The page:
First let me say how sorry I am that you were so suddenly deprived of the twin who meant — and will always mean — so much to you.

She was only 70 (your original letter was very long, so I have many more details) and should have had as much life left as you have, God willing.

It is clear you are still reeling from the loss and in desperate need of the kind of closure that can be achieved when there is a grave to visit, or even a special place where ashes have been scattered. The symbolic value of this in the healing process cannot be under-estimated.

What can be said about Sally’s behaviour? All the details of what happened before Joyce’s funeral, painstakingly spelt out in your email, leave me feeling that she has somehow turned you into a scapegoat for all her problems, which will include grief for her mother — and possibly some guilt too, since they were living together when the fatal fall occurred.

Thought of the day 

How simple is my burden every day

Now you have died, till I am also dead,

The words, ‘Forgive me’ that I could not say,

The words, ‘I am sorry’ that you might have said.

Frances Darwin Cornford (English poet, 1886 – 1960)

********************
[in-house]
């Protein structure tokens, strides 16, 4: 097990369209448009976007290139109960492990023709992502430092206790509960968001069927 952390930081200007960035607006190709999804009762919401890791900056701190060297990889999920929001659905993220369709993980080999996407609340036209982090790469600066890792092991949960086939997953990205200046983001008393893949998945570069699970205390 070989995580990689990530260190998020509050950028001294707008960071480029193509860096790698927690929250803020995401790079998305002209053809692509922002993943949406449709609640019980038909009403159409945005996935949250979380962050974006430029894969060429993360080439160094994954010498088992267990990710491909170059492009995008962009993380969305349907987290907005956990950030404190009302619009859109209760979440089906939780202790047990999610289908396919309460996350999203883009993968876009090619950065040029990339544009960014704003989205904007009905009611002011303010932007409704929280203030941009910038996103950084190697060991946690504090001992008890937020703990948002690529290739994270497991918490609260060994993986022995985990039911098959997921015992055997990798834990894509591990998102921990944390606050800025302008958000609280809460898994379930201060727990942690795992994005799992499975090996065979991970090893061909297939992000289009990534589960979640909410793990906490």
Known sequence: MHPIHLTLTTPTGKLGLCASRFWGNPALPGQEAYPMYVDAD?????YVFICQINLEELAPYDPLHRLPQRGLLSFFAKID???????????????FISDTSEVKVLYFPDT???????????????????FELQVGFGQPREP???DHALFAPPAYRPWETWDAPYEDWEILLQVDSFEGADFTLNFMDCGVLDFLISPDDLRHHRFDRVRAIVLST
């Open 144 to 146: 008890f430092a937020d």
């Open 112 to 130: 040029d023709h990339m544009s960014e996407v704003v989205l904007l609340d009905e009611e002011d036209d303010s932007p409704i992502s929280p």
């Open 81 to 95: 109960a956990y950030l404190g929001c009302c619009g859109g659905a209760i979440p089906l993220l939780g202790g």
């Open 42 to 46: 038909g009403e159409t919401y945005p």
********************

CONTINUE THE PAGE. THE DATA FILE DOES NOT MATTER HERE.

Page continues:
You say she has a history of confrontation, too — some people are like that. It’s very sad, I hope that one day you are reconciled, perhaps through the agency of your nephew and brother-in-law. Since Joyce would like this, I hope it can happen.

If I were you I would write a proper letter to your brother-in-law and invite him for a visit. Tell him how you feel about the ashes and earnestly ask for his help.

If the ashes have been interred he will obviously know where and, therefore, you will be able to visit, lay down a rose, talk to your sister, be at peace.

But if Joyce’s ashes are still at home with the family, perhaps he could help you make a lasting private memento.

Many people find it helpful to have a piece of jewellery or a paperweight made, containing a loved ones ashes.

For example, visit the website ashesintobathaquaglass.com (just one firm that offers this service, but one I know, so can vouch for) and see what it can do. The process is carried out with utmost respect and can all be achieved by post. All you need is one teaspoonful of ashes, that’s all.